Homosteus

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Homosteus
Temporal range: Eifelian-?Givetian
H. milleri
Scientific classification
Kingdom: Animalia
Phylum: Chordata
Class: Placodermi
Order: Arthrodira
Family: Homostiidae
Genus: Homosteus
Type species
Homosteus formosissimus
Asmuss 1856
Species
  • H. formosissimus Asmuss 1856
  • H. arcticus Heintz 1934
  • H. cf. arcticus Orvig 1969
  • H. kochi Stensiö & Säve-Söderbergh 1938
  • H. latus Asmuss 1856
  • H. manitobensis (Okulitch) 1944
  • H. milleri Traquair 1888
  • H. sulcatus (Kutorga) 1837
Synonyms
  • Dinichthys manitobensis Okulitch 1944
  • Homostius sp. Asmuss 1856
  • Homosteus anceps Asmuss 1856
  • Homosteus cataphractus Asmuss 1856
  • Homosteus ponderosus Asmuss 1856
  • Trionyx sulcatus Kutorga 1837
  • Trionyx latus Kutorga 1837

Homosteus is a genus of flattened arthrodire placoderm from the Middle Devonian. Fossils are found primarily in Eifelian-epoch aged strata of Europe, Canada, Greenland, and Estonia.[1] All of the species had comparatively large, flattened heads with, as suggested by the upward opening orbits, upward-pointing eyes. These adaptations suggest that the various species were benthic predators.

Species[edit]

H. formosissimus[edit]

The type species of the genus. It is a thin-plated species from the Eifelian-aged Aruküla beds of Estonia. Although H. sulcatus was described earlier in 1837, H. formosissimus is the official type species as it was the first to be described as a placoderm (H. sulcatus was originally described as a soft-shelled turtle). H. formosissimus had a small, thin keel down the dorsal-center of its median dorsal plate.[1]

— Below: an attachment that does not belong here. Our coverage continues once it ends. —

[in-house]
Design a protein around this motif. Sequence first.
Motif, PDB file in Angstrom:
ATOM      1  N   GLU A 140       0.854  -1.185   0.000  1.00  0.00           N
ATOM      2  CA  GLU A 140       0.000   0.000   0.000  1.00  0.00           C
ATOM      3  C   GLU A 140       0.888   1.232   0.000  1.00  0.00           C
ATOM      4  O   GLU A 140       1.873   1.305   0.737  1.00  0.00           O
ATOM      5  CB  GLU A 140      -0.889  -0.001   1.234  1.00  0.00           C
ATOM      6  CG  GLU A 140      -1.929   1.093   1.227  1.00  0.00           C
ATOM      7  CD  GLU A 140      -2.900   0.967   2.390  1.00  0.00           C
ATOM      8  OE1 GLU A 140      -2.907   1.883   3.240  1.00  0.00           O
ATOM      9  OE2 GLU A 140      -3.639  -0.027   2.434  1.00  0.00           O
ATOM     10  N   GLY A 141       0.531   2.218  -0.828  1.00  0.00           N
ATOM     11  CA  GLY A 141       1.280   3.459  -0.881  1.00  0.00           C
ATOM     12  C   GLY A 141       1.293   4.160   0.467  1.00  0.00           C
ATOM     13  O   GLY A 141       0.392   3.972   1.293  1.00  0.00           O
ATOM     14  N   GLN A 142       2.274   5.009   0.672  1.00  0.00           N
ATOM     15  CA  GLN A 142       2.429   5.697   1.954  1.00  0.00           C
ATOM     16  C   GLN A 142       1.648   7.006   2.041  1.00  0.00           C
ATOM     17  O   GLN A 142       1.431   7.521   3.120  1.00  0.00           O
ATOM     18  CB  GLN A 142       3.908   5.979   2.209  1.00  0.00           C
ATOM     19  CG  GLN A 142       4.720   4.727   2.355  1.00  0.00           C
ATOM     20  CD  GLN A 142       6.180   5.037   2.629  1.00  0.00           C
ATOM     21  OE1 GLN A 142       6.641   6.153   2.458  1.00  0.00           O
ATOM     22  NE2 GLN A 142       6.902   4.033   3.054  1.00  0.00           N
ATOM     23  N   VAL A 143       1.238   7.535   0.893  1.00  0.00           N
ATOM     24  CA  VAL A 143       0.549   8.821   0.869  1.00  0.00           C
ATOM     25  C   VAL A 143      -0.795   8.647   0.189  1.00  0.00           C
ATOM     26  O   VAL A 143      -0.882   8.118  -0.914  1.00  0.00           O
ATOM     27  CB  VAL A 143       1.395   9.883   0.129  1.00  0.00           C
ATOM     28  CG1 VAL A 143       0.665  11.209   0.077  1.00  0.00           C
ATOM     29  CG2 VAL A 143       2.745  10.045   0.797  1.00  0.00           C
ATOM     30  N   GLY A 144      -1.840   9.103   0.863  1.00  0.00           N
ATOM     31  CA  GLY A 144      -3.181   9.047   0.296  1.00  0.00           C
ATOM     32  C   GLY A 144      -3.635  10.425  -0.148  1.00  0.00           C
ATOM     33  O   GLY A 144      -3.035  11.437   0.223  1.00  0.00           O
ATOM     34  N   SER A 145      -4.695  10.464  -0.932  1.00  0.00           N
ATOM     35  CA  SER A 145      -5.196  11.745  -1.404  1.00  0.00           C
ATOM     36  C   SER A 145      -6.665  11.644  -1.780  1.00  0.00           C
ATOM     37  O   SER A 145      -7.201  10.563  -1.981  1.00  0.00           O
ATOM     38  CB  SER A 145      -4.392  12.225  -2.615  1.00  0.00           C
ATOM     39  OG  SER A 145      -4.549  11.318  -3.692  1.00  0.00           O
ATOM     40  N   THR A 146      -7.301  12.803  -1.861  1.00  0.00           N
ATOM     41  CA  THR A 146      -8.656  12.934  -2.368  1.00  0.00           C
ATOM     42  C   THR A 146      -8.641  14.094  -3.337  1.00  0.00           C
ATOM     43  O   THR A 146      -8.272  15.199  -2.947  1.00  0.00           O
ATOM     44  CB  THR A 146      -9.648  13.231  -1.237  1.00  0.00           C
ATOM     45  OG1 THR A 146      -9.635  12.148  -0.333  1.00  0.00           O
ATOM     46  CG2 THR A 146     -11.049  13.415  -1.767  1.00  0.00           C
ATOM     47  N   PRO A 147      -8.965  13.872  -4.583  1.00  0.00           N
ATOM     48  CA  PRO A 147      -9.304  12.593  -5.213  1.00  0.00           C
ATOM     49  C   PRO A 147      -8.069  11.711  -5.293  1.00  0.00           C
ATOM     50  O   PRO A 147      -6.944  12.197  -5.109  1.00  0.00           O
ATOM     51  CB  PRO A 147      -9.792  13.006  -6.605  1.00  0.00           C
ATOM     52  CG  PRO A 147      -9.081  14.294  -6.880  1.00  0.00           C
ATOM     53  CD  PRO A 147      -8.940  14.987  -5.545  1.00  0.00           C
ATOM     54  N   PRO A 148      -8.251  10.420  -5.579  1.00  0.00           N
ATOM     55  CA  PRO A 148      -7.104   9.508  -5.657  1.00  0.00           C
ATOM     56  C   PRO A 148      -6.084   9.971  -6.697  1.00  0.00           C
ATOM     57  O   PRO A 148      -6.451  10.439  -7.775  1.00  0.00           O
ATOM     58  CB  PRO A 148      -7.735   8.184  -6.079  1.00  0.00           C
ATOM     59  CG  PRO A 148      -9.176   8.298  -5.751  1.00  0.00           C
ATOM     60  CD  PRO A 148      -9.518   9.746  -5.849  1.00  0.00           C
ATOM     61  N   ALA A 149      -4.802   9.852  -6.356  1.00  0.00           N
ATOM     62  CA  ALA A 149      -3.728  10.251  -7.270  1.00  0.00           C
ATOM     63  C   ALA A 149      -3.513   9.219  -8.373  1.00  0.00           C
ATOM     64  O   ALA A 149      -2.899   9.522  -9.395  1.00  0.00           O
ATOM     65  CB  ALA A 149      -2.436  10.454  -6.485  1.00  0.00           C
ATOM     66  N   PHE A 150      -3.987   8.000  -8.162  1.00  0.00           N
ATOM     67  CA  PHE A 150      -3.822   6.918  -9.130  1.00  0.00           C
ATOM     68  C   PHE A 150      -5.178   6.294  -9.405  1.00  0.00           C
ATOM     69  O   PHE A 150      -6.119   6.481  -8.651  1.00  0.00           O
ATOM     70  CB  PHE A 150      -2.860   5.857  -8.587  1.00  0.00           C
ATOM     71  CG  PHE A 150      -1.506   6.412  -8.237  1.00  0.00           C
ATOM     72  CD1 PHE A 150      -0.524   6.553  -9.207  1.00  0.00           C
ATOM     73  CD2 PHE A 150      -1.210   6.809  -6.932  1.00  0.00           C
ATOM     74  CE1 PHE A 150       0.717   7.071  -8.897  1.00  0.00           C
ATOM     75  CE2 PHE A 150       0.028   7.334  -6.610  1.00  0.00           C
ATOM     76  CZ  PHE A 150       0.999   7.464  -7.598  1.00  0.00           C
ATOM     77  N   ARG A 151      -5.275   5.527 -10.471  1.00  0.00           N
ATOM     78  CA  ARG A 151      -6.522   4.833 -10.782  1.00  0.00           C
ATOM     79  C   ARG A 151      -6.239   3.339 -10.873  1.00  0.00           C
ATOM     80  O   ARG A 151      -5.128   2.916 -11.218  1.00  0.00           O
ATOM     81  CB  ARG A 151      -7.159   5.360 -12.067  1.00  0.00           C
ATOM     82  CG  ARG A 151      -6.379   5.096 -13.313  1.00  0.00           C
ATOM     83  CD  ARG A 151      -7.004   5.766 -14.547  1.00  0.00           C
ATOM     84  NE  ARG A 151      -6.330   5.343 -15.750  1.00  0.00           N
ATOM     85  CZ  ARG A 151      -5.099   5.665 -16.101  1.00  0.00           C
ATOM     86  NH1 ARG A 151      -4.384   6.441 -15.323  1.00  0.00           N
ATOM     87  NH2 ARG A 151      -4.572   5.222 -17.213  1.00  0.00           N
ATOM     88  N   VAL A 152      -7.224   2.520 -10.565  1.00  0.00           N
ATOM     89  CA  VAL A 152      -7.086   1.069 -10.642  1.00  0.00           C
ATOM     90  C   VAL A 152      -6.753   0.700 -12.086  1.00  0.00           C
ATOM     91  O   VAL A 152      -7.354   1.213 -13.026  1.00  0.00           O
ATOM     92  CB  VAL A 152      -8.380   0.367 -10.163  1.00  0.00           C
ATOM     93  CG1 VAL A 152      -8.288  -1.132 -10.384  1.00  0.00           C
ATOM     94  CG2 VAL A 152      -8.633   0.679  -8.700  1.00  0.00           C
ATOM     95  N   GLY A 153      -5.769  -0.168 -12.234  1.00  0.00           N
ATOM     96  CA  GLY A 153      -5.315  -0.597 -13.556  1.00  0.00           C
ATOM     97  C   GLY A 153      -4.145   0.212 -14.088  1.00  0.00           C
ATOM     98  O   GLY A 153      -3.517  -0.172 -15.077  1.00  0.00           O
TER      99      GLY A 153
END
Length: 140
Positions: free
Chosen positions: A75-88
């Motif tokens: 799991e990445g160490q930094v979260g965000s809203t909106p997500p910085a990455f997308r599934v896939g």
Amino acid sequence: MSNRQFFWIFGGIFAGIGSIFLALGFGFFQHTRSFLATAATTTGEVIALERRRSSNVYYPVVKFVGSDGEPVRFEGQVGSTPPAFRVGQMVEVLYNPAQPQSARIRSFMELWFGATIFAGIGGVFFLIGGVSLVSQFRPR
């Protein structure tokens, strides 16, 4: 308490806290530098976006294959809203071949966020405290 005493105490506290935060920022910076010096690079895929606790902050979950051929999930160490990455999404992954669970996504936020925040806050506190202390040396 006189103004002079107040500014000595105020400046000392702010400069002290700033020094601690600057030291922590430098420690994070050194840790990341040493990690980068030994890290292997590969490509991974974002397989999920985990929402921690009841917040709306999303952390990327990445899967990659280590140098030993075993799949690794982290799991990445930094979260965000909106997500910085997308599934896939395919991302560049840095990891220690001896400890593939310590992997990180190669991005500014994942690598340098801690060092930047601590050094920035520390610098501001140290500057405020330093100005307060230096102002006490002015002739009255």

H. arcticus[edit]

This species is based on a 15 centimeter-long preorbital plate from the early Eifelian of the Wood Bay formations of Spitzbergen, Norway. Compared to other species, the anatomy of the plate suggests the species is very primitive for the genus. Denison, 1978, suggests that the species may be different enough to merit its own distinct genus.[1]

H. cf. arcticus[edit]

Based off a specimen found in the Emsian epoch-aged layers of the Wood Bay formations of Spitzbergen. May or may not be of this genus.[1]

H. kochi[edit]

This species is from the Givetian of Middle Devonian Greenland, of Canning Land, to be precise. H. kochi has a comparatively very narrow nuchal plate.[1]

H. latus[edit]

A giant species from the Eifelian-aged Aruküla beds of Estonia, and may have existed sympatrically with H. formosissimus. H. latus differed from H. formosissimus in having comparatively thick plates, a large, massive crest-like keel along the dorsal-center of its medial dorsal plate, and head-plates over a meter in length. Originally described as "Trionyx latus Kutorga 1837"[1]

H. manitobensis[edit]

This species is found in the Eifelian-aged Elm Point Limestone of Manitoba. Based on a pair of paranuchal and marginal plates originally referred to the genus Dinichthys. H. manitobensis is the only member of the genus found in North America proper.[1]

H. milleri[edit]

H. milleri is from the Givetian of what is now the Orkney and Shetland Islands. It is a medium-sized species with a comparatively very rectangular-shaped median dorsal plate.[1]

H. sulcatus[edit]

Another species from the Eifelian-aged Aruküla beds of Estonia. Although H. sulcatus was described before H. formosissimus, H. sulcatus was originally described as a soft-shelled turtle, ne "Trionyx sulcatus Kutorga 1837". H. sulcatus had thick plates, and a well-developed keel on the dorsal-center of its median dorsal plate. It was larger than H. formosissimus, but still much smaller than H. latus.[1]

References[edit]

  1. ^ a b c d e f g h i Denison, Robert (1978). Placodermi Volume 2 of Handbook of Paleoichthyology'. Stuttgart New York: Gustav Fischer Verlag. p. 71. ISBN 978-0-89574-027-4.